Joe McGuirk for City Council, 2021
Challenger running for City Council for the first time
Background: Bartender and restaurant worker whose family has been Cantabrigians for generations | Focuses: Affordable housing, local business and climate justice
From A Better Cambridge, Sept. 19: What’s the No. 1 strategy or policy you want the next City Council to pursue on housing?
If I had to identify one goal, it would be ending exclusionary zoning. But the housing problem is going to have to be attacked on multiple fronts, and we have to always consider that those most in need, those most vulnerable, those most likely to displaced should be our priorities.
From the Porter Square Neighbors Association, Oct. 21: How will you deal with resident concerns about feeling unheard on proposals affecting the city?
The main reason I’m running is to amplify the voices of those who are not often heard, something I’ve practiced all my life as an employee of restaurants. Another advantage I have is a relationship with a lot of small-business and restaurant owners, as well as being a bartender – a very public-facing job where I know a lot of the folks that are involved in these issues on both sides. I’d like to be a consensus builder and a collaborator on solutions. One thing I have not done is sign a pledge that takes away my ability to be flexible and try to make sure that all stakeholders are heard.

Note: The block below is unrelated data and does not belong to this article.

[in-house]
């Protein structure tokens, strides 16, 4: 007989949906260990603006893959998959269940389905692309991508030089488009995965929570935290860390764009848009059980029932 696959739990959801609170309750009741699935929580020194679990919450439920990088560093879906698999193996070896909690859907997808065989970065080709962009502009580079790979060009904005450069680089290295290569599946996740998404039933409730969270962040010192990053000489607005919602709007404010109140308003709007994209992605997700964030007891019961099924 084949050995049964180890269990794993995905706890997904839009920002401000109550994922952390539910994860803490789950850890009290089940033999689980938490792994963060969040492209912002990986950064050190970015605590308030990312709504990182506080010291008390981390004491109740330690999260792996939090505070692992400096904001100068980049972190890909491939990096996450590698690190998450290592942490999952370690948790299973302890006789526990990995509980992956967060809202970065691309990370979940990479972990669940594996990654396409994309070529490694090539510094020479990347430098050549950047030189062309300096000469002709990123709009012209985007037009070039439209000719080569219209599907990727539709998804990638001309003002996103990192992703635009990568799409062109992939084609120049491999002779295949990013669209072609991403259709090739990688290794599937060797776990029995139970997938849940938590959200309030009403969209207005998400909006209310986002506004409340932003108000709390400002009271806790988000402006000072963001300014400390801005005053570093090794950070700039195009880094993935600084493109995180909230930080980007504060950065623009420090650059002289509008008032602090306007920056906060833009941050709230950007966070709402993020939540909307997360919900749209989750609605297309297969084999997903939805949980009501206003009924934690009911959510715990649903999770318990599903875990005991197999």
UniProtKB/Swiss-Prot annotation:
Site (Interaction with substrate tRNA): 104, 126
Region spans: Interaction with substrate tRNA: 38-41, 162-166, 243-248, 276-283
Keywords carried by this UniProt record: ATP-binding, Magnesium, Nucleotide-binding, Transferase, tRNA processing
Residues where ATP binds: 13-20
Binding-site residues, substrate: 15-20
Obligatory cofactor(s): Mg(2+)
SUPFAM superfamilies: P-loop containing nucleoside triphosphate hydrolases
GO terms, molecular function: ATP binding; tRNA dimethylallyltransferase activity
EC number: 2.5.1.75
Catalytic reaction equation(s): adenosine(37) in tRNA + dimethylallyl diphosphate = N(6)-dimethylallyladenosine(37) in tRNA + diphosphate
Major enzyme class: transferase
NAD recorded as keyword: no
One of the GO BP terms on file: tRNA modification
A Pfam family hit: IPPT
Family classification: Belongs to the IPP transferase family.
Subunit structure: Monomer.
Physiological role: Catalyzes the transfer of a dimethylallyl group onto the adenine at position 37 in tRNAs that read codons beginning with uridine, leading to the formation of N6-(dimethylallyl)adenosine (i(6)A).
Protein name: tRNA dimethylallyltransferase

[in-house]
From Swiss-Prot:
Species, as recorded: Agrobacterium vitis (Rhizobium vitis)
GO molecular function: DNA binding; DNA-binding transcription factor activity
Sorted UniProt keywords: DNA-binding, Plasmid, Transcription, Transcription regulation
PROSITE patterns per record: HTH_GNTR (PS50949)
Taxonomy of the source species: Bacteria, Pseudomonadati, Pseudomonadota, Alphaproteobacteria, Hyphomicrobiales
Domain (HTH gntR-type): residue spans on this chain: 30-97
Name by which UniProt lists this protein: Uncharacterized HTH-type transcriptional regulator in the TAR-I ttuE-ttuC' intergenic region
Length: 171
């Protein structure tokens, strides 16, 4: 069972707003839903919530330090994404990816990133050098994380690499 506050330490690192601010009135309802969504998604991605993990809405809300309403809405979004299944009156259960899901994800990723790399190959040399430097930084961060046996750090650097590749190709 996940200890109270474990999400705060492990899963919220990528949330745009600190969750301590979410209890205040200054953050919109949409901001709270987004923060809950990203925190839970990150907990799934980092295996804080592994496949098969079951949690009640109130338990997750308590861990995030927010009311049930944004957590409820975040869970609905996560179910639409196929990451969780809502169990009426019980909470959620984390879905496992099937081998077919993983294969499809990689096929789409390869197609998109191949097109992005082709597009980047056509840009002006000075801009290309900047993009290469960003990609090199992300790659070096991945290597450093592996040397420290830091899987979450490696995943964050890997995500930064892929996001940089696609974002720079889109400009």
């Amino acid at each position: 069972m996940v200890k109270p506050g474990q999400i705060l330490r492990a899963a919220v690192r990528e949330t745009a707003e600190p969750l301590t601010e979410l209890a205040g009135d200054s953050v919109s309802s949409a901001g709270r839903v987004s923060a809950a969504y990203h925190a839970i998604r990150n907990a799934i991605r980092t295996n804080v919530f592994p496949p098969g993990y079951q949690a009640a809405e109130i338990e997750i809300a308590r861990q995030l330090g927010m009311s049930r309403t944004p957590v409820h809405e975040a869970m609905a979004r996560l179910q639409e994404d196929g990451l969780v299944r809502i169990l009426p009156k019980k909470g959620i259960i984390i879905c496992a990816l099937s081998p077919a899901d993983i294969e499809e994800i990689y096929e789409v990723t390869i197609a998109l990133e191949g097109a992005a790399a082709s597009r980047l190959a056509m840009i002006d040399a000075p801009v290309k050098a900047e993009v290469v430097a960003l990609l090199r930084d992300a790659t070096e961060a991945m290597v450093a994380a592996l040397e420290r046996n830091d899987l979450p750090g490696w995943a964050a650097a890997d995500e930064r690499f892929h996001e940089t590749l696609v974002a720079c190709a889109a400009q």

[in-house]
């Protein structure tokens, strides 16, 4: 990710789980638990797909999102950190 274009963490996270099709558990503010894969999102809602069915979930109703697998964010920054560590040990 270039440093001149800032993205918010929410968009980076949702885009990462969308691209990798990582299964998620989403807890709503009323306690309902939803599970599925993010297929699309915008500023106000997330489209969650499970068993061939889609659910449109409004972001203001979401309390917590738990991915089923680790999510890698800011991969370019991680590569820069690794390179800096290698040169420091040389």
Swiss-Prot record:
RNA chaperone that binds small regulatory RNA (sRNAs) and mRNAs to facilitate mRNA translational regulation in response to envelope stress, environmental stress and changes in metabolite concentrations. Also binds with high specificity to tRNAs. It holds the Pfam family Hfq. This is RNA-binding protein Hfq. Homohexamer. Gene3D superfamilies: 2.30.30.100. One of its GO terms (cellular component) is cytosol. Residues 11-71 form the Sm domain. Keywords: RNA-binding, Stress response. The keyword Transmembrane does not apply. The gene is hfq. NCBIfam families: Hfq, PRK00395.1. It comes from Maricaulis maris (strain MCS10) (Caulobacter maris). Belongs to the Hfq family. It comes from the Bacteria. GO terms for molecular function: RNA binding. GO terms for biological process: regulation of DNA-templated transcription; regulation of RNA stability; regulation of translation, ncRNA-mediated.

From the Cambridge Citizens Coalition, Sept 26: Cambridge is about to hire a city manager. Describe your ideal city manager for this time and their qualities.
I will look to hire a city manager that has the requisite skills to run a city such as Cambridge. Fiscal responsibility is obviously needed. While we have a large amount of free cash, we must continue to be wise about how we allocate our resources – we cannot be certain of what the future holds, especially as we face the impact of climate change. But I also hope to hire someone who recognizes the long-held values of the city and will act in accordance with the wishes of the city as communicated through the City Council and public involvement. I especially hope we can find someone who will not simply do the bidding of those who hold more influence through the power associated with money and the leisure time to make their voices heard, but will take into account those residents who have less sway and power, who nonetheless should have equal consideration by our manager and council.